What comes to mind when you see the word ritual?
Maybe it’s a sacred ceremony with shamans, something sacred or something unknown and appealing? Or maybe you think of a wedding, a huge, extravagant and elaborate party that involves hundreds of people and months of preparation? You can make a ritual out of anything. When you drink your morning cup of tea with an intention and peace, that’s a ritual. So is setting up your workspace before you start writing.
Any big change in our life deserves a proper ritual. We know that being born, married and dying usually involves some form of ritual, but what about other transitions, those smaller and bigger changes that we have to navigate throughout our life? Rituals help us navigate big feelings, joy and loss, and the unknown. We’re taking the burden of doing it all on our own and asking the spirits for help. Here are some ritual ideas for transition moments in your life, to add meaning and help you navigate through it all.
1. Moving in to a new home
Transitioning into a new home is a huge change. Creating a meaningful ritual to make yourself more comfortable and to add meaning and intention to your new home can be very helpful.
Start with: Create a sacred space in your new home: bring fresh flowers or even a picture or favorite items to make you feel good. Are you moving in with other people? Add them to the ceremony! Mark a special day and set aside time
Create the ceremony: Think of the attributes of this home. Light a candle and think you want to feel here. Thank this space for welcoming you in. Allow yourself to visualize your home with all its qualities and attributes. You can journal about your experience or share it with your roommates.
After the ceremony: Keep a candle from this ceremony to remind you of the warmth of your home when you most need it
2. Ending relationships
Ending a relationship can be a big emotional rollercoaster. As we part, we need some support while we navigate break-ups and all that comes up to the surface.
Start with: Create a sacred separating ceremony. Is your partner open to being a part of it? If not, no problem. You can cut the ties all on your own. Find a peaceful location, it might be somewhere important to both of you or any safe place.
Create the ceremony: Gather pictures, memorabilia, or anything that links you to that partner. Light a candle and thank them for all your time together, the lessons and the growth. You can write them a letter or just visualize speaking to them. Then imagine cutting all the cords that connect you. Sage your space and breathe into the space you just created.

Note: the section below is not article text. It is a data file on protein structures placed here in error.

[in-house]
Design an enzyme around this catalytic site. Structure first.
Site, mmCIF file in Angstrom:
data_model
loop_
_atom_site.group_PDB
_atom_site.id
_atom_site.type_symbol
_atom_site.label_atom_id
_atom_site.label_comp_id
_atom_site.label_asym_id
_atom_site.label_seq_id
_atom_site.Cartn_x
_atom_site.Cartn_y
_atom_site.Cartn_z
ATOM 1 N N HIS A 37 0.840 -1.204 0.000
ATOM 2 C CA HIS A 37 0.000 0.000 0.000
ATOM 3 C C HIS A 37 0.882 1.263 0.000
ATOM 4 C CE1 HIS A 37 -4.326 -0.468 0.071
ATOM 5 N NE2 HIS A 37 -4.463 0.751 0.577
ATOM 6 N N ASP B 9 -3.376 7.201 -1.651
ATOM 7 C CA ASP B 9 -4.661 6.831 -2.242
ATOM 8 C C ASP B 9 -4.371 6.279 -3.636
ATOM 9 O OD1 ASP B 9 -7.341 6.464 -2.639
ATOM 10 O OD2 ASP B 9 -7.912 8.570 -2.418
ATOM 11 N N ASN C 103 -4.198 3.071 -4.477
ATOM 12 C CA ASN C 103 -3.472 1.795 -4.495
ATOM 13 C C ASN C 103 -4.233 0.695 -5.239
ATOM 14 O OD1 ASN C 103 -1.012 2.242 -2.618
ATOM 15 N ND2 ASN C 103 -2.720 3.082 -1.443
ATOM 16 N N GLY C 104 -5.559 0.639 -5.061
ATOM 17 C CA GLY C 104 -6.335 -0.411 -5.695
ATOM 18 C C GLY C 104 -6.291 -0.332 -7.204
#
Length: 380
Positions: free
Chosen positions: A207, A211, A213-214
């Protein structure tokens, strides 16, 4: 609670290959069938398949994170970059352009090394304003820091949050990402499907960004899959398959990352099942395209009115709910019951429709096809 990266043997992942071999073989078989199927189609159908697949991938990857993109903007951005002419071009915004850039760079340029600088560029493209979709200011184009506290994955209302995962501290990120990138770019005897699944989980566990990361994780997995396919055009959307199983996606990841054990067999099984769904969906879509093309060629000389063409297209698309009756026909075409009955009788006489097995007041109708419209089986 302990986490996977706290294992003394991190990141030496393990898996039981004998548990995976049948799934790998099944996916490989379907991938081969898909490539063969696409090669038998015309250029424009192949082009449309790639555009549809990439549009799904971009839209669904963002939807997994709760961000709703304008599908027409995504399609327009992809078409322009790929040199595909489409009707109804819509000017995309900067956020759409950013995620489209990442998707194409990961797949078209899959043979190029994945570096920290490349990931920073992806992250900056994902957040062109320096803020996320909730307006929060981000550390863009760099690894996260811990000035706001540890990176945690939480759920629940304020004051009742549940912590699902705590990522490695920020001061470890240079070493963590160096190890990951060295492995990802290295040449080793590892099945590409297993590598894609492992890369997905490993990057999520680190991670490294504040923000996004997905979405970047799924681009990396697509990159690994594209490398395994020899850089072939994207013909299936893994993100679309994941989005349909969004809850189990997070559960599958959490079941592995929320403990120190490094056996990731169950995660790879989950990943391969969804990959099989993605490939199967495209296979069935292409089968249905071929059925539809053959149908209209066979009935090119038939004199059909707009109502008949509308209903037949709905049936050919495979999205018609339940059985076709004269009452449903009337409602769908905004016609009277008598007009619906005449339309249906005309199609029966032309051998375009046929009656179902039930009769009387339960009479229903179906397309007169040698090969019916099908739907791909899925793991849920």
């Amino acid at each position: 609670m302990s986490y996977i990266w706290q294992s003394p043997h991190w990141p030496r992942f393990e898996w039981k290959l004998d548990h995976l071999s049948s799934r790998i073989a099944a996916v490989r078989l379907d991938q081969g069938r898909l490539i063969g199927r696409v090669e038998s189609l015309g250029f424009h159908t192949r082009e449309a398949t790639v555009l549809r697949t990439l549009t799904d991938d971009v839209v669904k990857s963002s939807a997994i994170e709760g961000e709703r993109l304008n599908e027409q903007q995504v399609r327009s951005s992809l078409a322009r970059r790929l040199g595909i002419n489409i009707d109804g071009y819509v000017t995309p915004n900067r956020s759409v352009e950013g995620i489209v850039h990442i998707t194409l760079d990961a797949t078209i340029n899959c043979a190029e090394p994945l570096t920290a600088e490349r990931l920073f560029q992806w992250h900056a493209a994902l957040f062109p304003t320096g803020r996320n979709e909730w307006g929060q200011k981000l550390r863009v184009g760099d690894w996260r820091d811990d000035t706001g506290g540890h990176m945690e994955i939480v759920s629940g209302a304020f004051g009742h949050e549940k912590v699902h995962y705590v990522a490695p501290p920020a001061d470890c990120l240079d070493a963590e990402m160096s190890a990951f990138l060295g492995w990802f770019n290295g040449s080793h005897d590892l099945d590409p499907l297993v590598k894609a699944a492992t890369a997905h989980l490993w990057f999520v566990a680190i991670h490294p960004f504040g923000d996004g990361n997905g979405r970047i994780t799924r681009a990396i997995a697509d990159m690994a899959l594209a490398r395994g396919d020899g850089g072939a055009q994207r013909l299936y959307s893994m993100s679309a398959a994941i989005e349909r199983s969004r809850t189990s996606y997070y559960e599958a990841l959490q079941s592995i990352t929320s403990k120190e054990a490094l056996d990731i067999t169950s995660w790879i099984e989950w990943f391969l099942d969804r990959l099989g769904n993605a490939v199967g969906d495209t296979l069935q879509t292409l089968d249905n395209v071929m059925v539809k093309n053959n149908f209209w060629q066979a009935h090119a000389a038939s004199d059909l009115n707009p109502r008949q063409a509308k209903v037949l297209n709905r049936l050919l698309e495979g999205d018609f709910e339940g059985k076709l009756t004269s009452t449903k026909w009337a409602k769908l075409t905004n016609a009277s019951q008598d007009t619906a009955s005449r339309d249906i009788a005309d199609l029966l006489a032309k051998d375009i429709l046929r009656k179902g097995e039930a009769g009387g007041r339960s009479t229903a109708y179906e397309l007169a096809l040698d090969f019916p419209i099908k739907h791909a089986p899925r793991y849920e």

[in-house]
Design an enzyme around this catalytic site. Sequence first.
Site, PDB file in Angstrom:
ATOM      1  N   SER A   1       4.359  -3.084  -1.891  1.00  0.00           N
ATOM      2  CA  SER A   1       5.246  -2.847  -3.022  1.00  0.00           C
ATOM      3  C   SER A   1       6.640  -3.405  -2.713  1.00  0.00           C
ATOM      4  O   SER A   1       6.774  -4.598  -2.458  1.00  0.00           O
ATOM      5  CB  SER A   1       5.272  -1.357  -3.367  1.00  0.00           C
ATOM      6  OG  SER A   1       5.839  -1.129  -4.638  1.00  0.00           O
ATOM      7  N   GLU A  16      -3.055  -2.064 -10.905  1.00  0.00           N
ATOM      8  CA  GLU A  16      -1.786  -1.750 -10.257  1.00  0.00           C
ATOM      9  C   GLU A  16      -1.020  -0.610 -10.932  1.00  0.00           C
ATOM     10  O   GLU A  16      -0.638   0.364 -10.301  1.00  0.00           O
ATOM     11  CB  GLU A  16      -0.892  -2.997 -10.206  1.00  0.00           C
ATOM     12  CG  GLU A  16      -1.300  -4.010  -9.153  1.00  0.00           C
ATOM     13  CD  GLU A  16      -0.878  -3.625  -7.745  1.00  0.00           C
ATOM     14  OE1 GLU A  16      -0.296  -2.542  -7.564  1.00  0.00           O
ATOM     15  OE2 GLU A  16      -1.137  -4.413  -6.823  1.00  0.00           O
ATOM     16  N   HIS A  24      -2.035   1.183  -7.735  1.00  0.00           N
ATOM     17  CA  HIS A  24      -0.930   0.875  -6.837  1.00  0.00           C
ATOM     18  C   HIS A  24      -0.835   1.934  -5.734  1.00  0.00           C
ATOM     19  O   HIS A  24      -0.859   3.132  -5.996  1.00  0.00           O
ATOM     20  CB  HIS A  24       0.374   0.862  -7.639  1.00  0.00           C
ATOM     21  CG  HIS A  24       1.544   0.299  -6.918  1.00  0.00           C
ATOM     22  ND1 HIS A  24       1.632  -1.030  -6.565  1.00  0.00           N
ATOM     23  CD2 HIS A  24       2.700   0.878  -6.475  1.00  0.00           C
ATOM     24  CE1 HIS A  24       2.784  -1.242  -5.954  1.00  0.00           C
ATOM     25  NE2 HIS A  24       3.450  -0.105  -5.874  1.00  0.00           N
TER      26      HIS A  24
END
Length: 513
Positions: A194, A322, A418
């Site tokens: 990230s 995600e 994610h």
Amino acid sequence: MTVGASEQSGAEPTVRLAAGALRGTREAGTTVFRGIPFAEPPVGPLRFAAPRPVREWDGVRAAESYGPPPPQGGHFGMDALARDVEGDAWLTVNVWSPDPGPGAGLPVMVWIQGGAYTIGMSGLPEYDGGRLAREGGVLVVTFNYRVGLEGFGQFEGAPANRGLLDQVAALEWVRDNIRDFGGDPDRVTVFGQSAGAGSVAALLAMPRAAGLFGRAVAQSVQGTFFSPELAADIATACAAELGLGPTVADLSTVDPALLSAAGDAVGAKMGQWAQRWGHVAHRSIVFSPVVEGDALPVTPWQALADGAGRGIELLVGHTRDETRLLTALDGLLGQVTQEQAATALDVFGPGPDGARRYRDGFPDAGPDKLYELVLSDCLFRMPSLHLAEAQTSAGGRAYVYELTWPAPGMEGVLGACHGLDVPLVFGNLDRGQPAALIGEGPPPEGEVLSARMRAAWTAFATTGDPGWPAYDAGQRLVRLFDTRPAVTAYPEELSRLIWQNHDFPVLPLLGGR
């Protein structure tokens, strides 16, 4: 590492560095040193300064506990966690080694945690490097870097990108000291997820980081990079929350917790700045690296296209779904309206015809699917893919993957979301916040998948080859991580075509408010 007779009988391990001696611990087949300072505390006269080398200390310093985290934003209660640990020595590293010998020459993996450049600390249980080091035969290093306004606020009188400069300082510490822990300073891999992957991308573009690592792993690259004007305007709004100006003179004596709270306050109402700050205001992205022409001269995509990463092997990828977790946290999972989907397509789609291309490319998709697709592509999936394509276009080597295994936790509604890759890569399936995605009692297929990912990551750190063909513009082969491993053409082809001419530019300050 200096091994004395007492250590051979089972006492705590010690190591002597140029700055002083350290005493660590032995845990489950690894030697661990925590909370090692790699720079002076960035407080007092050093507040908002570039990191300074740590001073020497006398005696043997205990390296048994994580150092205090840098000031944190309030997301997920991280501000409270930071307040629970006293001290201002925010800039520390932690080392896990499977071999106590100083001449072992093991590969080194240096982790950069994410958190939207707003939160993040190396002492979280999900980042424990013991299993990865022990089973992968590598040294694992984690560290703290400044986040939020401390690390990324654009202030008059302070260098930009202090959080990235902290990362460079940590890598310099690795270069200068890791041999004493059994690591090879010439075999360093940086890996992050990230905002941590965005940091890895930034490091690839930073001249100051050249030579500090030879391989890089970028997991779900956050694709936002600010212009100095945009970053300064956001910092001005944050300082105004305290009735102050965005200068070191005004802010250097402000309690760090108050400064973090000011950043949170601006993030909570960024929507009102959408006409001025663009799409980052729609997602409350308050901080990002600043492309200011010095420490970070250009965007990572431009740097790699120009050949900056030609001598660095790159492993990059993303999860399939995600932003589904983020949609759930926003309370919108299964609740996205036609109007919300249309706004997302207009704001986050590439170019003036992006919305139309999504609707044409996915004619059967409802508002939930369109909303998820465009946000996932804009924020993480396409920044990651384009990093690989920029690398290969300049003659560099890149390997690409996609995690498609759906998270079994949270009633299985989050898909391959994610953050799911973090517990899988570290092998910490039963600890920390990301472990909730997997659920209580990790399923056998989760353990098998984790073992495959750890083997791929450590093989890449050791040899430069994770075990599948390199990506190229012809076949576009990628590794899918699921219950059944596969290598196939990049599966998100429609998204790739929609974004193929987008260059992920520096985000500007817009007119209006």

After the ceremony: Allow yourself to go through grief. Talk to a trusted person about the loss process, journal and keep feeling whatever surfaces. Give yourself time and patience.
3. Changing jobs
Whether you chose to change your job or you got fired, it’s important to find closure with a simple ritual.
Start with: Think of your growth as you part with this job. What was the biggest challenge, the biggest joy? What will you miss and what are you glad to let go of?
Create the ceremony: Sit down in a quiet space. If you have any items connected to your job, gather them around you. Imagine yourself in your job and feel all parts of it—what you liked and disliked. Now, visualize yourself packing and saying goodbye to your co-workers, to the space and this position. Notice what comes up. You can also write a letter to your job, thanking them for teaching you so many things.
After the ceremony: How can you use the time given by this transition? Do all the things you always put aside. Be with yourself as you go through the in-between of jobs
4. Turning 20/30/40/50/60…
These big round numbers are meaningful to our culture in the West. Try contemplating your growth as you transition between the decades.
Start with: What era are you ending? What comes with the new one? What will you possibly miss and what have you outgrown already? How have you grown during the 10 years?
Create the ceremony: Find a day in the calendar that you can spend just with yourself. Imagine your older you, the one that will begin a new decade meets with the younger one. What will they do together? What would the young one want to do to feel seen? What is something you can let go of? What is difficult to accept? Take yourself for a day-long date and celebrate your growth.
After the ceremony: Keep seeing the parts of yourself that make you. The number is just a symbol, but the growth you’re doing is visible. Keep a journal and notice all the parts of yourself you can be proud of!
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Photos by Content Pixie via Unsplash